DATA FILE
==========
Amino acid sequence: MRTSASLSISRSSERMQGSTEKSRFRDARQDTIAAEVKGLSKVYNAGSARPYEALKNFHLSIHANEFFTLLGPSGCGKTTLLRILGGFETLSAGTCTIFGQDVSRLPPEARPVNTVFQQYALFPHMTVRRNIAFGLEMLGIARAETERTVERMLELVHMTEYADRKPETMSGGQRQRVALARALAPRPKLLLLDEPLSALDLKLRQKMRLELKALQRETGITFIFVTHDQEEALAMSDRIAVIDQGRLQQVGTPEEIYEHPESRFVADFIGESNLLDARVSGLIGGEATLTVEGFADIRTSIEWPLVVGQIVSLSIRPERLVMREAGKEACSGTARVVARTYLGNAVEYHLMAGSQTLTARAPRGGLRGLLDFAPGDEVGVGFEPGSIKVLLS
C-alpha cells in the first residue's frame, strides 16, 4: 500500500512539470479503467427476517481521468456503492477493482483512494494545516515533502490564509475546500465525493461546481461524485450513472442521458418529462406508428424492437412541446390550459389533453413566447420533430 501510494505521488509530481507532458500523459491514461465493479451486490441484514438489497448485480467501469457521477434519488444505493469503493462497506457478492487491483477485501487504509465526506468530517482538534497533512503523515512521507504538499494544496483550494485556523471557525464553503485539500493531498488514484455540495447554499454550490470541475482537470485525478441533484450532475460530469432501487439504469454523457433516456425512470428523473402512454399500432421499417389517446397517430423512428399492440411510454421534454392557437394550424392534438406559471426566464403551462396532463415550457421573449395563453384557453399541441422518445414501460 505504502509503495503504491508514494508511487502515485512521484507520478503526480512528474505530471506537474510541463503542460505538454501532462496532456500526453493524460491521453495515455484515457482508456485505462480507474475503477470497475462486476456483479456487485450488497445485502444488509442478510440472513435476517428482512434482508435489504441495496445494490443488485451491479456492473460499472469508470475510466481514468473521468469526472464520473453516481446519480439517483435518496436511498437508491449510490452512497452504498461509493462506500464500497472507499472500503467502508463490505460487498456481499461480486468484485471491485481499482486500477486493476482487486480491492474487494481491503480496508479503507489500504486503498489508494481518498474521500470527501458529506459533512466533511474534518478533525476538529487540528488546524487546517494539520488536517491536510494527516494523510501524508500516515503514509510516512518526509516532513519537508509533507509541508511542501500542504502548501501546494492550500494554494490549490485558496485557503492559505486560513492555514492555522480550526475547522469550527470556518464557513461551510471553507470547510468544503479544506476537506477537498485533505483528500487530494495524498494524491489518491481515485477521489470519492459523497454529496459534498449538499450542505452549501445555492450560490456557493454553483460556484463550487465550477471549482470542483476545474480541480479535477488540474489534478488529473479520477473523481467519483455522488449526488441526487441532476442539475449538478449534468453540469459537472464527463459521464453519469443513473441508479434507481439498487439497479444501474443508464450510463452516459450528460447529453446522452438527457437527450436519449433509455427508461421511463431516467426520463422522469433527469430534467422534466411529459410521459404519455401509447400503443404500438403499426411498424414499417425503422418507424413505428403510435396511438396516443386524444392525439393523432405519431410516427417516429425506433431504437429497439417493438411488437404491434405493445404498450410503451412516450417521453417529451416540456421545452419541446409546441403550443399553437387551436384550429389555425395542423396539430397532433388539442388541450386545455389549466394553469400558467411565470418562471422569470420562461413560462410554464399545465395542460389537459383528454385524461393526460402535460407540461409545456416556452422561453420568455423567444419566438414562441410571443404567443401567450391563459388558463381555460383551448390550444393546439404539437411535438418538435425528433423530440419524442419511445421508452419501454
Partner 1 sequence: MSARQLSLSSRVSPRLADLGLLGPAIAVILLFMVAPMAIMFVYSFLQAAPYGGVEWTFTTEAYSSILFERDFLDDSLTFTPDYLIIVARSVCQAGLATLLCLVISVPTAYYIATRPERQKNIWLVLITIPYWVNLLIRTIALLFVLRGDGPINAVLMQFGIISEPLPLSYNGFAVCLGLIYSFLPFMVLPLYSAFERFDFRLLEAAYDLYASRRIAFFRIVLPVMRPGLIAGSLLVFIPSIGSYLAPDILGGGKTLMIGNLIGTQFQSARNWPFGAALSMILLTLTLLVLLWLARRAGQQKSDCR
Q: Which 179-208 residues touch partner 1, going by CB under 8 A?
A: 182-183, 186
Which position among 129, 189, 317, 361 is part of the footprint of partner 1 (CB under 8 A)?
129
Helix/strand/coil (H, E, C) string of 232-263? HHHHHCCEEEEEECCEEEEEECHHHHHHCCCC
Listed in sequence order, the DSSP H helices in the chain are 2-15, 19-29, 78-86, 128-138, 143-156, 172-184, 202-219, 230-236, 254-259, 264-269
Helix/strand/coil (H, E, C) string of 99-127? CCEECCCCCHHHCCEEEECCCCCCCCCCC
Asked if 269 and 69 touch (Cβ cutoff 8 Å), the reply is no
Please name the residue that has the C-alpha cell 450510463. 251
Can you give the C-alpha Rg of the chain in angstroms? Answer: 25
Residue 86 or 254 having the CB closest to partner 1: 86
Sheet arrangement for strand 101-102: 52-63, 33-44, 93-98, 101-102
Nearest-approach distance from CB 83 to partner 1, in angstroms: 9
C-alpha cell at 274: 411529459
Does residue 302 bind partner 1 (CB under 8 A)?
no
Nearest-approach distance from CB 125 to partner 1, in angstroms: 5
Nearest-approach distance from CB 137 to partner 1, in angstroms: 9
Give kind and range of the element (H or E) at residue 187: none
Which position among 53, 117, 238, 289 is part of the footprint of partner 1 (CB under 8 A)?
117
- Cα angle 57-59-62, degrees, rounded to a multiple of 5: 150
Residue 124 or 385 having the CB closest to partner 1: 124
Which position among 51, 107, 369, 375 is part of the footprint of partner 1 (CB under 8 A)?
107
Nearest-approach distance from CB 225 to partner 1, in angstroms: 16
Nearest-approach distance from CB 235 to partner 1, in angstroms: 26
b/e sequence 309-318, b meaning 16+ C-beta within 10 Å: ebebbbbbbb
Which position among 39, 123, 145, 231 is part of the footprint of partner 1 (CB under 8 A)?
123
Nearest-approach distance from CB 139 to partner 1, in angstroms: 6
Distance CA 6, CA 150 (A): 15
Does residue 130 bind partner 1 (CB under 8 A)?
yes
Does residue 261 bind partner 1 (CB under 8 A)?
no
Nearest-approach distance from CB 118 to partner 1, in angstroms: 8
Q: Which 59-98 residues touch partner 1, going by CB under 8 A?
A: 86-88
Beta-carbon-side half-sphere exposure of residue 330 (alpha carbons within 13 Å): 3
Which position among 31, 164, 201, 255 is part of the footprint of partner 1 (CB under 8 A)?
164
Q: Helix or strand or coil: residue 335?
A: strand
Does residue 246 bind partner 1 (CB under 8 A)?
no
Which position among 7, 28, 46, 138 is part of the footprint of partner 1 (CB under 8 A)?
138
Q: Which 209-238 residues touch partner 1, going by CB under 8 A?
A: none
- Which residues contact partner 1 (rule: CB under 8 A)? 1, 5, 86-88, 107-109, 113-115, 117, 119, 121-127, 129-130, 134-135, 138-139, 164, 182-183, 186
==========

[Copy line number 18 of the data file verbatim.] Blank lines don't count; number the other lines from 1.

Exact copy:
Does residue 302 bind partner 1 (CB under 8 A)?